I have a good friend who told me she had trouble dealing with her papers. She said that she considers herself a paper hoarder, hanging onto papers for far too long. She said she also tends to bury them somewhere until they no longer are valid. She saves receipts in a box and doesn’t know what to do with them. Because she doesn’t know what to do with her papers, she boxes them up and stacks those boxes in growing piles.
I went over to visit her and help her with organization and while there, I noticed that she didn’t have a file cabinet. All of a sudden, the problem came into focus. She had a paper problem because there was no good place to put the papers that she needed!
Everyone is going to have important papers they have to save and reference from time to time, and a file cabinet is the most efficient way to do that.
How to choose a file cabinet in the right size
When I was a college student, I kept my important papers in a plastic accordion file. I really didn’t have many important papers to keep. I had some bills, bank statements, check stubs, resumes, rental agreements, my car title, and novelty items (like directions for how to play a diatonic harmonica and an application from the Treeclimbers Association). I have this tendency to give things pretentious names, so I labeled my accordian file, “FilE 4 tHe puRsuiT & cAptUre (not to mention AbDuctTiOn) of TriViA & otHeR niTpiCkY dEtAilS.”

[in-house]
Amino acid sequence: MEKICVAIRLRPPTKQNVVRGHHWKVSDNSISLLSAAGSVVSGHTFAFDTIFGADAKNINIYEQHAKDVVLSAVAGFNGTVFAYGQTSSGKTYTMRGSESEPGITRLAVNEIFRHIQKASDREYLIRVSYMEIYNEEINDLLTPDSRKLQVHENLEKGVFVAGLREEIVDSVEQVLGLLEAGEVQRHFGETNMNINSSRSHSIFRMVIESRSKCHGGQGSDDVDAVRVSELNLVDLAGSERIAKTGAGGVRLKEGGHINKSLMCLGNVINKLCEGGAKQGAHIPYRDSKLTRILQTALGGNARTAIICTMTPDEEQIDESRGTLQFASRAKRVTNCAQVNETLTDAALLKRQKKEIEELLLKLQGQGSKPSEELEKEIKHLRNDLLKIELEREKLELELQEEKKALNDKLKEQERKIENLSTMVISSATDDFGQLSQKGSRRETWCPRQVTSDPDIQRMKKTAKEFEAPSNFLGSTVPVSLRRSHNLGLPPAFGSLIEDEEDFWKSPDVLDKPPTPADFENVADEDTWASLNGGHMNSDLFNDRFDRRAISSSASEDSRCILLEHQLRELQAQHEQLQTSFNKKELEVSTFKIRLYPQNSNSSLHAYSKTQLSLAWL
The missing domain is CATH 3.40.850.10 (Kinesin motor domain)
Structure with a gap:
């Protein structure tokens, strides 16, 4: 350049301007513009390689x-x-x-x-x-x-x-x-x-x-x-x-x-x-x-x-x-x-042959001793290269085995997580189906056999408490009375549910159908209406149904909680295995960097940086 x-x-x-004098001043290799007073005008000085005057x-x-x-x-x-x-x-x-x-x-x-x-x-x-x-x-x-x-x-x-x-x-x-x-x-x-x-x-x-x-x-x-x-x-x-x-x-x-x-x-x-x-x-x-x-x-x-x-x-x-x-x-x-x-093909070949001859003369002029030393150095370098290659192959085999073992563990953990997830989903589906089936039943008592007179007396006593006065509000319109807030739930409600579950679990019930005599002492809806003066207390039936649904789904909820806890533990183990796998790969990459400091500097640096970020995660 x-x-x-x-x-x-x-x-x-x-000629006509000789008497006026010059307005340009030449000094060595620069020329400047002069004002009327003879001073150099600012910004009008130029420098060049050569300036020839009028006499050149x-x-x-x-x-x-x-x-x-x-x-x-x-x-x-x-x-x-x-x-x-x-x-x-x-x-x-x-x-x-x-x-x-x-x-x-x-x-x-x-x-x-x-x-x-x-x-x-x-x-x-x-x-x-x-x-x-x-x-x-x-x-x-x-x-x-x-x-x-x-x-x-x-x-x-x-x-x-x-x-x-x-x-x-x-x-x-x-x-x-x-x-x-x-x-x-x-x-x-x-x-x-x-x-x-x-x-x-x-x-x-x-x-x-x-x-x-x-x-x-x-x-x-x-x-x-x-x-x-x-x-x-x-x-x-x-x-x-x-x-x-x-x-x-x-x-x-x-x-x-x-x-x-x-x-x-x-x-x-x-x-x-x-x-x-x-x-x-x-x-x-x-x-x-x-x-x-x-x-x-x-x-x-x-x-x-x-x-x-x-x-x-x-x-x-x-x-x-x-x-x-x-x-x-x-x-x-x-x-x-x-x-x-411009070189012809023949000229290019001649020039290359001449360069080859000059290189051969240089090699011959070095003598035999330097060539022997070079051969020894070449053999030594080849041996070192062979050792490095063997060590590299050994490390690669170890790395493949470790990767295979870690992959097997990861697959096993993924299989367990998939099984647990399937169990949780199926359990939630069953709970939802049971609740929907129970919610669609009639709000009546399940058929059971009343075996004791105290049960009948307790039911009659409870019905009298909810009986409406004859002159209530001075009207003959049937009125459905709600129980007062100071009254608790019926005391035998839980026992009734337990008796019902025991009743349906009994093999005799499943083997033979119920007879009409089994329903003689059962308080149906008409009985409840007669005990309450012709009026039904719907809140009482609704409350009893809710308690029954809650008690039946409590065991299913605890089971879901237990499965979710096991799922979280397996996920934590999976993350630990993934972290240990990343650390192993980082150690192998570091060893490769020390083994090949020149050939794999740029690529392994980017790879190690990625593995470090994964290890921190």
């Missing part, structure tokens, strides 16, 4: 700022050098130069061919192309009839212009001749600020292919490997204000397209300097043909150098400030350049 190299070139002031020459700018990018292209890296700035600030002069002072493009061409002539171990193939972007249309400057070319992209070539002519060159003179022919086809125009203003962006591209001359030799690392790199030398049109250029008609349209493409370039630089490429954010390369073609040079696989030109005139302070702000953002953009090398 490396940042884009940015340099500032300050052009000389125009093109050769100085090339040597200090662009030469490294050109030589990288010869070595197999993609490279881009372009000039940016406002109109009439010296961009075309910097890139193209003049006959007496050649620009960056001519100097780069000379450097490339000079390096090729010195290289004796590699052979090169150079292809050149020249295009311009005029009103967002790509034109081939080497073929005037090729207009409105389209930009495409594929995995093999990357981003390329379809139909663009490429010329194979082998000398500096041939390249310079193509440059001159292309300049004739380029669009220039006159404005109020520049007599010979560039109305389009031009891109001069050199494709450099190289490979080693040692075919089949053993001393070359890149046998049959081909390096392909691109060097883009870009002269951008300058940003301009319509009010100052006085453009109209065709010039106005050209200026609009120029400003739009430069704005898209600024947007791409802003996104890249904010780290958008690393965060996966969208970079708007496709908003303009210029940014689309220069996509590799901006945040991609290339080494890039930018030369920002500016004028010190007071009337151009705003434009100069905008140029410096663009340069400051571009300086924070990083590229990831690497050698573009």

When I got married, my husband had his important papers and we merged them together, though not completely at first. They no longer fit in my accordion file, so we got two mobile file boxes. His papers went into blue hanging files, and mine went into red hanging files. In time, we outgrew those two mobile boxes and this was when we bought our first metal file cabinet with two drawers. We kept the file boxes, and they held all the papers associated with our computers as well as instruction manuals for all the technology we owned.
I tell this story not to bore you but to show you that our file containers grew as our needs grew. The amount of important papers in one’s life grows and changes with our circumstances.
My friend decided to take my advice and she bought herself a filing cabinet. (I have yet to see what it looks like.) Although she was a novice to the experience of creating files and filing, she went at it full tilt and called me to tell me about her progress in this and her other organizing efforts. She was using a label maker to label her files and going through her boxes. I commended her aesthetic approach, but let her know that she should never allow herself to feel unable to create files if her label maker ever breaks down. Large, neatly written labels are just as functional as beautiful ones printed by a $100 labeling machine. The important thing is to have labels, period.